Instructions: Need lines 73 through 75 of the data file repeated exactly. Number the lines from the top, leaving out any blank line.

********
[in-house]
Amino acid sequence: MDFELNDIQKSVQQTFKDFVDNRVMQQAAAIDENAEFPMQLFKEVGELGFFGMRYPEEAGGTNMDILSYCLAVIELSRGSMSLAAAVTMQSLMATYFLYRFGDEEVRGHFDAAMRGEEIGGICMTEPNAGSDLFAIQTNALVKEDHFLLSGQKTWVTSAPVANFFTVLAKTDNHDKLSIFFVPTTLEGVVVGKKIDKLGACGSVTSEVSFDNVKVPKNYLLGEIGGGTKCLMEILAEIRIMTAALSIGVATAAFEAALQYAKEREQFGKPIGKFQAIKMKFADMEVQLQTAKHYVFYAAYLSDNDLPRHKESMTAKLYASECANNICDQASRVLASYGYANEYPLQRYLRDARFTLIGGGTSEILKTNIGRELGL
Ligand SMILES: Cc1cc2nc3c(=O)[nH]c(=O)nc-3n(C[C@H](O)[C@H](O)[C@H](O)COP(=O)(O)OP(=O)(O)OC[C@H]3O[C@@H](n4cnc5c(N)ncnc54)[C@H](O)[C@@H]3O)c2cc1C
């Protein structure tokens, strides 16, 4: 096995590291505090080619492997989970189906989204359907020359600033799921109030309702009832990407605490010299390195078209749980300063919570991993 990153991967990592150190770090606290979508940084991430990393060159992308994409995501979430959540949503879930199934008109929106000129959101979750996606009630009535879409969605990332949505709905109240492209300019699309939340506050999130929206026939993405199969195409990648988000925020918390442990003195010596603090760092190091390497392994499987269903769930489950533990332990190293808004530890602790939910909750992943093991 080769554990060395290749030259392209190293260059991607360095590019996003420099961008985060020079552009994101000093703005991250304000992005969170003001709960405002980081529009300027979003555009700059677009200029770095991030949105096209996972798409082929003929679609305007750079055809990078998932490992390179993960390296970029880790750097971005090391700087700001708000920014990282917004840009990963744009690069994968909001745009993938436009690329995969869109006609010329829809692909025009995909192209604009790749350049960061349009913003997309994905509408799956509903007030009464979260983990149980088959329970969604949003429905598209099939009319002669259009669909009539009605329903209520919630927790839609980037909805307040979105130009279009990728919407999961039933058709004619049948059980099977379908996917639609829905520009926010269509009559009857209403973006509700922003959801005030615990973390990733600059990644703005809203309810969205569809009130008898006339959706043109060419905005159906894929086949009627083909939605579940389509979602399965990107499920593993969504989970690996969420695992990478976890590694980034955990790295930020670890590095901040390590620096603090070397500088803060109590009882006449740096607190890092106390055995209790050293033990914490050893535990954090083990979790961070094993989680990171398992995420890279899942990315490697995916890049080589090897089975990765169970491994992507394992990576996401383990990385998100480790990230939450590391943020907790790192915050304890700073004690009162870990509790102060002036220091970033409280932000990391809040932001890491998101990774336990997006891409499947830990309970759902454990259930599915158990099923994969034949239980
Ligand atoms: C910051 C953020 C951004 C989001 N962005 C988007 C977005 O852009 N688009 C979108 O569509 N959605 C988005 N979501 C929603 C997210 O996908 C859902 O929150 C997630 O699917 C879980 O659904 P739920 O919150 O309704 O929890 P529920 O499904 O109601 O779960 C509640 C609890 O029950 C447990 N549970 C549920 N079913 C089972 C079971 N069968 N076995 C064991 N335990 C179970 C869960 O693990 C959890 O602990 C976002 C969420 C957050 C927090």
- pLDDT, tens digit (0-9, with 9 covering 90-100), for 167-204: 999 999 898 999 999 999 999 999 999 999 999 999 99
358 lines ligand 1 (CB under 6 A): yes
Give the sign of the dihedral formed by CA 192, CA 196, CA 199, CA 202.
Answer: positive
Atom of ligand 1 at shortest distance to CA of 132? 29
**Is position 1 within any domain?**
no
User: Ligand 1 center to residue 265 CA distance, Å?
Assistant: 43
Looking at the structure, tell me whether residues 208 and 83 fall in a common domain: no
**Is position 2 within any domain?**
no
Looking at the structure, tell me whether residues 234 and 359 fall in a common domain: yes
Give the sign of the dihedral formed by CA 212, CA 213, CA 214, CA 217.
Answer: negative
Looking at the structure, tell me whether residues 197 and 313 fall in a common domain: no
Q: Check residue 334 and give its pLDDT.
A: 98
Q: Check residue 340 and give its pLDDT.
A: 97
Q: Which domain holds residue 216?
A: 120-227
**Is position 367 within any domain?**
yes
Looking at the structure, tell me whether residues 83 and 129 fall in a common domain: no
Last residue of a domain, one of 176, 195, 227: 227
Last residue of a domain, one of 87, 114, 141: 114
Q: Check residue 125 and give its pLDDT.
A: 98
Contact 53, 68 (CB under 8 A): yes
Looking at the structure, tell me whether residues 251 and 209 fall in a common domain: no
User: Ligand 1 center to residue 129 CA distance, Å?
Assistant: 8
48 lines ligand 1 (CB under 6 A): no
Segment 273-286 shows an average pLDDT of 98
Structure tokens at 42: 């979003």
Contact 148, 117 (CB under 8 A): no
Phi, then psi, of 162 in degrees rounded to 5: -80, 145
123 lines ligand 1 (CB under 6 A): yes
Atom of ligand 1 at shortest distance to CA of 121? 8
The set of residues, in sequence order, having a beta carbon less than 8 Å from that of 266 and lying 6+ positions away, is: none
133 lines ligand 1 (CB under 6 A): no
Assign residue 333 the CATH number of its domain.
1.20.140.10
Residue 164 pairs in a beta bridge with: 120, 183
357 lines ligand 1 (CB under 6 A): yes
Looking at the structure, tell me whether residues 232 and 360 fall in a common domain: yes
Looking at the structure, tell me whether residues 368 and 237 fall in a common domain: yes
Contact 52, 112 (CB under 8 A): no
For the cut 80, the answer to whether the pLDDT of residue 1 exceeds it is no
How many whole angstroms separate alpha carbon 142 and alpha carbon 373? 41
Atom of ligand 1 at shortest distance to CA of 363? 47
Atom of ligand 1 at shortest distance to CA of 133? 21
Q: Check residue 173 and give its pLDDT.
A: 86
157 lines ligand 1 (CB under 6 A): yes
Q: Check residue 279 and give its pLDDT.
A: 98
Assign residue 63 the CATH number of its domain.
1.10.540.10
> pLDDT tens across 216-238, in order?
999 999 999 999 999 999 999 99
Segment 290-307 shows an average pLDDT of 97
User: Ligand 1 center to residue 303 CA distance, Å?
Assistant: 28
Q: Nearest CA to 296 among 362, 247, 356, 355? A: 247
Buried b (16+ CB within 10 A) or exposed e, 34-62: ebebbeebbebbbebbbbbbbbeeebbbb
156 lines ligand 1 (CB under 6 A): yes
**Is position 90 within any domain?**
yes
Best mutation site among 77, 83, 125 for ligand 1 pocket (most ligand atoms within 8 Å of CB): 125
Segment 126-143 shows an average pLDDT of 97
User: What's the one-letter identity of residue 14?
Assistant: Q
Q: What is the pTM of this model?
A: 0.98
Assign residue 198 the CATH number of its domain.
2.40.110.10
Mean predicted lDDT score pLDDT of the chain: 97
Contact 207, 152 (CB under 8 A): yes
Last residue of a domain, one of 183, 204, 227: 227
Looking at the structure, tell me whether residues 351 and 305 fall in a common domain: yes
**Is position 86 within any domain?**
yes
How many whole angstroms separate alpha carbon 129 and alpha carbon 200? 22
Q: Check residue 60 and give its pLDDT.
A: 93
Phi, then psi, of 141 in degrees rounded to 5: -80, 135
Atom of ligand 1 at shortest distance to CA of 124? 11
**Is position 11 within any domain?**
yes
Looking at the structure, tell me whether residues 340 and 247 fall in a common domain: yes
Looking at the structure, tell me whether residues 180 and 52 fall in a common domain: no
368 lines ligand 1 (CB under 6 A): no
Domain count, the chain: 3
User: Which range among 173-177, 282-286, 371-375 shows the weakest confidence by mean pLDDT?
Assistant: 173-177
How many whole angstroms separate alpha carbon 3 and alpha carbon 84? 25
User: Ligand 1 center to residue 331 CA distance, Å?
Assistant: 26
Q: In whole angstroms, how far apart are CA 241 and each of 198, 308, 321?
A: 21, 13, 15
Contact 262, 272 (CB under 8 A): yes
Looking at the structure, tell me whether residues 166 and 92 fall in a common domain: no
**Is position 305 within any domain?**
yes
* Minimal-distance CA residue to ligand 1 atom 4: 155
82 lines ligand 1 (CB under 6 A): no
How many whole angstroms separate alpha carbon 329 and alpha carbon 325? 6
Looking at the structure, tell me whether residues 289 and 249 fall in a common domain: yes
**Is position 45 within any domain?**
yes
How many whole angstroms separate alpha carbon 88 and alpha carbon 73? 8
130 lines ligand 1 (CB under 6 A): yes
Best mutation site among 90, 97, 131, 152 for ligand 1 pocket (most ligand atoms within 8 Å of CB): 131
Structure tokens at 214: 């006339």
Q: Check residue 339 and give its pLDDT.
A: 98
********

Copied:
156 lines ligand 1 (CB under 6 A): yes
**Is position 90 within any domain?**
yes